Brother HL-2140 Review - Brother HL-2140 Review


We tried our main text print at 300dpi and with toner save applied, but this made little difference to the print speed. Toner save made little difference to the text print quality, too, which would be quite acceptable for most print jobs, better than many draft modes on other mono lasers.

In normal print mode the quality is more than reasonable, with crisp, well-defined black text, right down to small font sizes. Greyscales reproduced from colour originals printed cleanly and with very little banding, producing clear, sharp business graphics and well-executed page rules.

Even our test photographs came through well, with little noticeable banding and some detail in shadows. The dot pattern is surprisingly noticeable though, even when using the printer’s top quality mode of 2,400dpi by 600dpi. The straight 600dpi print mode comes out nearly as well, but there’s little print speed advantage to using the lower resolution.

The HL-2140 is a brand-new printer for Brother and not currently available on the Internet. It also uses new drum and toner units, which are not yet quoted through the usual discount sources. The toner units are rated at 1,500 pages for standard capacity and 2,600 pages for high-capacity, with a drum which should last 12,000 pages. In a typical home or small office environment, these capacities are reasonable and maintenance costs will be relatively low.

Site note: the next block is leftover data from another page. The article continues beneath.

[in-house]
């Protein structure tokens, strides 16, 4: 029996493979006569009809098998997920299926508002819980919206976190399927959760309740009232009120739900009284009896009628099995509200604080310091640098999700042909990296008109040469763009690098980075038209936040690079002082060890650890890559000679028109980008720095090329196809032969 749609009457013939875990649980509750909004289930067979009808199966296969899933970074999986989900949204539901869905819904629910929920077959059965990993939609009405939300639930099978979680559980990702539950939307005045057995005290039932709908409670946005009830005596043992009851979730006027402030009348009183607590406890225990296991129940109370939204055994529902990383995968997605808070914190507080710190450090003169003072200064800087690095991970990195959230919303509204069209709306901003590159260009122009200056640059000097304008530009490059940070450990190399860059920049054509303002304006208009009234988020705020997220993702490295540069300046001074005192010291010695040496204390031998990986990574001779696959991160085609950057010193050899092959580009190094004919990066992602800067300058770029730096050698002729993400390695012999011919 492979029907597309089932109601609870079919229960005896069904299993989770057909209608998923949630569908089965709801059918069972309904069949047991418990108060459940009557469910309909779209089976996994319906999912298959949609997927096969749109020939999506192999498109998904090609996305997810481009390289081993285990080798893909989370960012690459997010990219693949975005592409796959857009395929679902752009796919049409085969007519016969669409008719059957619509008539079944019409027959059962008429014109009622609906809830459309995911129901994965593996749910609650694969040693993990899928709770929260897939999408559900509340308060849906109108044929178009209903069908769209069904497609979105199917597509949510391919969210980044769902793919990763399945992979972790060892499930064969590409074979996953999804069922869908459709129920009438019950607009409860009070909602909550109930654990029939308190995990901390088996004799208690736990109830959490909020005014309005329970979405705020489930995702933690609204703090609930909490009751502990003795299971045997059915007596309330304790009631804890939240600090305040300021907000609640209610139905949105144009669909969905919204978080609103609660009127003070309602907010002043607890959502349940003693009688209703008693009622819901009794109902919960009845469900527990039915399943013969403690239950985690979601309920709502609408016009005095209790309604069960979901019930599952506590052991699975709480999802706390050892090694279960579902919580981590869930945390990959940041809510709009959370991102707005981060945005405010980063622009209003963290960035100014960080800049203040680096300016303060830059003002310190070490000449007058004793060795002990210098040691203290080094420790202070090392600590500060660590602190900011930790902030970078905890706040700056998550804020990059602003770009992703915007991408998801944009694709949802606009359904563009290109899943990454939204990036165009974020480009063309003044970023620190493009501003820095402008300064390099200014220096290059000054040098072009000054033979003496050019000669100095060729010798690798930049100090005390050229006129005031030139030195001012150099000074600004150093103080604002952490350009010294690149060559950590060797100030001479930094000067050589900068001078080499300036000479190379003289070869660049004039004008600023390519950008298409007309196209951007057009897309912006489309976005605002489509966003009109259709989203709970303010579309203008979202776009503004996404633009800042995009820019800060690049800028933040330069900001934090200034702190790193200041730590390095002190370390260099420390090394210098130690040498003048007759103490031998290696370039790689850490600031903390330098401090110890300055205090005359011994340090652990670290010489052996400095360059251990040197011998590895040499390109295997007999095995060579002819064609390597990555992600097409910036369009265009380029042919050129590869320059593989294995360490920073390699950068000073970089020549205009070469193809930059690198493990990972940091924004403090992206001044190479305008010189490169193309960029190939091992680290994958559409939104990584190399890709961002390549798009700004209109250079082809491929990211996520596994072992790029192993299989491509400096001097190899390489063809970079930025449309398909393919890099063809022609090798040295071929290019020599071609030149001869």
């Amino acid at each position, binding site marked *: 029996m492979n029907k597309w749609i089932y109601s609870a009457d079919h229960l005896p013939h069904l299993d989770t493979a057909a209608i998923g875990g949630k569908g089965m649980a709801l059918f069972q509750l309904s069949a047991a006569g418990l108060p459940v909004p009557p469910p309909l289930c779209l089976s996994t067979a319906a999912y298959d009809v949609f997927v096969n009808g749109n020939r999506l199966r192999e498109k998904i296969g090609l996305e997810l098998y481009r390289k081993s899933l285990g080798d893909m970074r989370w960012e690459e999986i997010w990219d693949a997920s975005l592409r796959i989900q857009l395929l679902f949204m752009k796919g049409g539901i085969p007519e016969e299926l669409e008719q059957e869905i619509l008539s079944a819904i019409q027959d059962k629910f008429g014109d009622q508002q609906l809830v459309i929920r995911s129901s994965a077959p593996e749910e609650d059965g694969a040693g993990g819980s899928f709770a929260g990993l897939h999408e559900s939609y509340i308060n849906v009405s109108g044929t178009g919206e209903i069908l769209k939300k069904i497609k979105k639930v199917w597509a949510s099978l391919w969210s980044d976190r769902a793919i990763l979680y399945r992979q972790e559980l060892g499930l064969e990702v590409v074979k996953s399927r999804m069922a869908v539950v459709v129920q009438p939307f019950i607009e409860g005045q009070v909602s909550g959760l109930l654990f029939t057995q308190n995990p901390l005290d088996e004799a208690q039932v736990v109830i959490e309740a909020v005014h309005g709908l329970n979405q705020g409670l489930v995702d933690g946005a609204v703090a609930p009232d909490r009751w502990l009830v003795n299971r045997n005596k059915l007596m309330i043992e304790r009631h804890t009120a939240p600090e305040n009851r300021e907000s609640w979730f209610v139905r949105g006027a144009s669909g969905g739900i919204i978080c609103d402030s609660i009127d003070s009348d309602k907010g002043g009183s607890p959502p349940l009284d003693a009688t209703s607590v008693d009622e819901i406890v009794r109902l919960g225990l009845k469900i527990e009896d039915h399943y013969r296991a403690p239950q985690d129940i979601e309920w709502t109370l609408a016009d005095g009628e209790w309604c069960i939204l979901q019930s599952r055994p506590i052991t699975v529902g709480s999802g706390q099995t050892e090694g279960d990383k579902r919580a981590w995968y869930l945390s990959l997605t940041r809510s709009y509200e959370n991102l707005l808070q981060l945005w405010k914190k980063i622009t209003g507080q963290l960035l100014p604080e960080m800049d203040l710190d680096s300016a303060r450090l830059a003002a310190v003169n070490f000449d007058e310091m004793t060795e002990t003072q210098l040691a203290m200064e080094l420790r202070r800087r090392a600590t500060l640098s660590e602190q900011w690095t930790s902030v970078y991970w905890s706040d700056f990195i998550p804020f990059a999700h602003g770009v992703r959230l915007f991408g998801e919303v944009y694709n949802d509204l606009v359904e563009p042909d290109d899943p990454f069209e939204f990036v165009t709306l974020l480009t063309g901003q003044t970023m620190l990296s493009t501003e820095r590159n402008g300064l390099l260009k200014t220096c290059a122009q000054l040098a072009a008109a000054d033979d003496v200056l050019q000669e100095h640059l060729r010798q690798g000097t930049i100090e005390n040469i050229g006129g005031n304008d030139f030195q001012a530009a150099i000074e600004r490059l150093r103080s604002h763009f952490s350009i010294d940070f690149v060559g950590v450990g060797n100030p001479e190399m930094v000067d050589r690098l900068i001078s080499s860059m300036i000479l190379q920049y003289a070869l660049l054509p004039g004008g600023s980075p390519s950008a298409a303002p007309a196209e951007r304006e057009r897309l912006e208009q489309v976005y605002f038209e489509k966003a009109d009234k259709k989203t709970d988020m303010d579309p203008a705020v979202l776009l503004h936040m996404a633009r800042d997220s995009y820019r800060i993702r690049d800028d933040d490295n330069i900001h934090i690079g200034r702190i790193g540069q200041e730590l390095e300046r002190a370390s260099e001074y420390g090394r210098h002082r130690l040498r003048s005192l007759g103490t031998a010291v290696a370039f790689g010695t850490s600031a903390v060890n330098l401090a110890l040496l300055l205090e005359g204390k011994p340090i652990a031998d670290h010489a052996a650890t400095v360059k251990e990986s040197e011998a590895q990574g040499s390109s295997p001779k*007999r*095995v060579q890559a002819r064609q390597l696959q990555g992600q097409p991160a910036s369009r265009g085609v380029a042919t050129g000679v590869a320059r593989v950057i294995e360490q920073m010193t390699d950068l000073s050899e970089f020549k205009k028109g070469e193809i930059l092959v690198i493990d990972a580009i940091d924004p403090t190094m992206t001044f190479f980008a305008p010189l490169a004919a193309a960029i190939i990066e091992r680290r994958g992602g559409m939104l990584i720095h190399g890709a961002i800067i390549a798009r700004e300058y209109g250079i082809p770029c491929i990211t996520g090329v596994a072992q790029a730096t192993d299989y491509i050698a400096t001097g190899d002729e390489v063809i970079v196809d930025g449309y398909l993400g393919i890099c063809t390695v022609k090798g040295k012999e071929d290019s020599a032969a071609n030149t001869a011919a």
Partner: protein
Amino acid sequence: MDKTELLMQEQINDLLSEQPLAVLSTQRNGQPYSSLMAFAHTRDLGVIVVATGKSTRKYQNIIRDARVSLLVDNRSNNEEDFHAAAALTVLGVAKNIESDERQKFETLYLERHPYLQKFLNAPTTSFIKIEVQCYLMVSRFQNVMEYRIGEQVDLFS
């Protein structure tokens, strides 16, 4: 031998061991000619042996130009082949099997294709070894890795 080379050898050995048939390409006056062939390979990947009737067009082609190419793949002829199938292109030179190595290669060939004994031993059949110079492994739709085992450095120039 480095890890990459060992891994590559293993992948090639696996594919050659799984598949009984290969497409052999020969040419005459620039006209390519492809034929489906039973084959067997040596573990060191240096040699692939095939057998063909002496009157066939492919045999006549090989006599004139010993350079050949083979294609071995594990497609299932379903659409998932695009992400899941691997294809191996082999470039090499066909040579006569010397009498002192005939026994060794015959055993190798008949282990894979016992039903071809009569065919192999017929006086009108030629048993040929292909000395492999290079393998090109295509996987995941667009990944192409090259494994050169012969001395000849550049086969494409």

Because of the exclusive nature of this early review, we’ve used Brother’s own figures for printer cost and the suggested retail prices for drum and toner. We would expect these figures to drop, once the parts become readily available. Just as well, as we calculate the cost per ISO black page to be 3.14p; a bit high, even for a printer at this entry-level price.


This is a well-designed, smart, personal, mono laser printer, which does most of the things you could want of a one-per-desk machine. If we were picky, we’d like a multi-purpose tray that can take more than one sheet at a time, and a toner cartridge with at least the same capacity as the standard-yield consumable available as a spare.

Running costs are high using the manufacturers’ SRPs, but hardly anyone ever pays these rates and we would expect to see a noticeable reduction when the printer is launched, early in January, 2008.

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